Short-Acting Insulin: Human Regular (R) Insulin. Most often, short-acting insulin also is used to cover meals. Regular insulin has been available since 1982 and is available in generic versions and name brands (Humulin and Novolin).26 This insulin is best be taken 30 minutes before a meal. Although this insulin has been available for a long time, the cost has risen substantially in the past decade. The brand name versions of these insulin formulations cost more than $100 per vial, while the ReliOn brand is available for $25 per vial. The generic version of R insulin is a great option for patients for whom cost is the primary concern. This insulin also is available for use with a disposable prefilled insulin pen. Regular insulin also is available in combination with intermediate-acting insulin.
Intermediate-Acting Insulin: Neutral Protamine Hagedorn insulin (NPH), Humulin Regular insulin (U-500). NPH is a human insulin that has been available since 1982, from the first synthetic human insulin using rDNA technology.26 This insulin formulation has a prolonged duration compared to regular insulin because it uses a zinc buffer and protamination. It has an onset of two to four hours, peaks between six and eight hours, and can last up to 12 hours.27,28 This insulin often is given twice daily: before breakfast, with the intent to prevent hyperglycemia associated with lunch, and before dinner, covering the periods of no oral intake between breakfast and dinner. One important feature of this insulin is the requirement that the patients eat lunch and ingest a sufficient amount of carbohydrates to match the dose of insulin taken that morning. If patients miss lunch or wait too long to eat (in terms of time after the morning NPH injection), they expose themselves to the risk of hypoglycemia. NPH is available by prefilled insulin pen and vial. Similar to R insulin, the name brand has increased substantially in price (> $100 per vial), but the ReliOn generic version can be bought for $25 per vial.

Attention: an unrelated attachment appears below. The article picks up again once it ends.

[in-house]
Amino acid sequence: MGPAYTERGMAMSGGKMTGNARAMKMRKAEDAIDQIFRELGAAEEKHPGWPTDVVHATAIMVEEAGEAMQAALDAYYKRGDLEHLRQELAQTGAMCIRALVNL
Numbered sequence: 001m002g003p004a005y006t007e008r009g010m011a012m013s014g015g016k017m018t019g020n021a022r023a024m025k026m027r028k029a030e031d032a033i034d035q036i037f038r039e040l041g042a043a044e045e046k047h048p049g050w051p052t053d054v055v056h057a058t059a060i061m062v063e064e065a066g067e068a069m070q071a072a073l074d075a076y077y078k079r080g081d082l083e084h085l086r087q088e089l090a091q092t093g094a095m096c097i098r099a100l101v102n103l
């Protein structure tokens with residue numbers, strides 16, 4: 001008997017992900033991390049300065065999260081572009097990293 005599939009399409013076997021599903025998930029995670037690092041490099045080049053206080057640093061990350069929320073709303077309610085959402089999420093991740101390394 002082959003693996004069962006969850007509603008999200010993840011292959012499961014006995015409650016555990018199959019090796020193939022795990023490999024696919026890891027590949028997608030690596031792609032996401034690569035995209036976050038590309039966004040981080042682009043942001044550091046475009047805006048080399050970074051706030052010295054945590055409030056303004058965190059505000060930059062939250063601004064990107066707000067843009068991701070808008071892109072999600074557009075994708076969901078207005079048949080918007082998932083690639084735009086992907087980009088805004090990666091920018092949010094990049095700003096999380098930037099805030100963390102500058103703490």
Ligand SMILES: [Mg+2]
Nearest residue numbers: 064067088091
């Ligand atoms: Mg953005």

Regular insulin U-500 is provided in a super-concentrated form (500 units per mL), which leads to slightly different pharmacokinetic properties. Although the onset is similar to regular insulin U-100, the concentrated version has two peaks: The first aligns with R insulin and the second aligns with NPH, meaning the duration of this insulin is much longer and can last up to 12 hours.29 Although the mechanism of this change in pharmacokinetics is not understood completely, this insulin often is a great option for patients who are taking large doses of insulin and who want to reduce the number of injections and the volume of each injection, which may improve absorption efficiency. U-500 regular insulin is available in 20 mL vials (10,000 units) or prefilled disposable insulin pens. The pens are metered with numerical markings to reduce the risk of dosing error. It also is recommended that if patients are using vials, they should use the special U-500 insulin syringes to reduce the risk of dosing errors, since the volume of U-500 contains five times the insulin compared to a U-100 insulin. U-500 typically is dosed two to three times per day, depending on the total daily insulin dose and the number of meals a person ingests.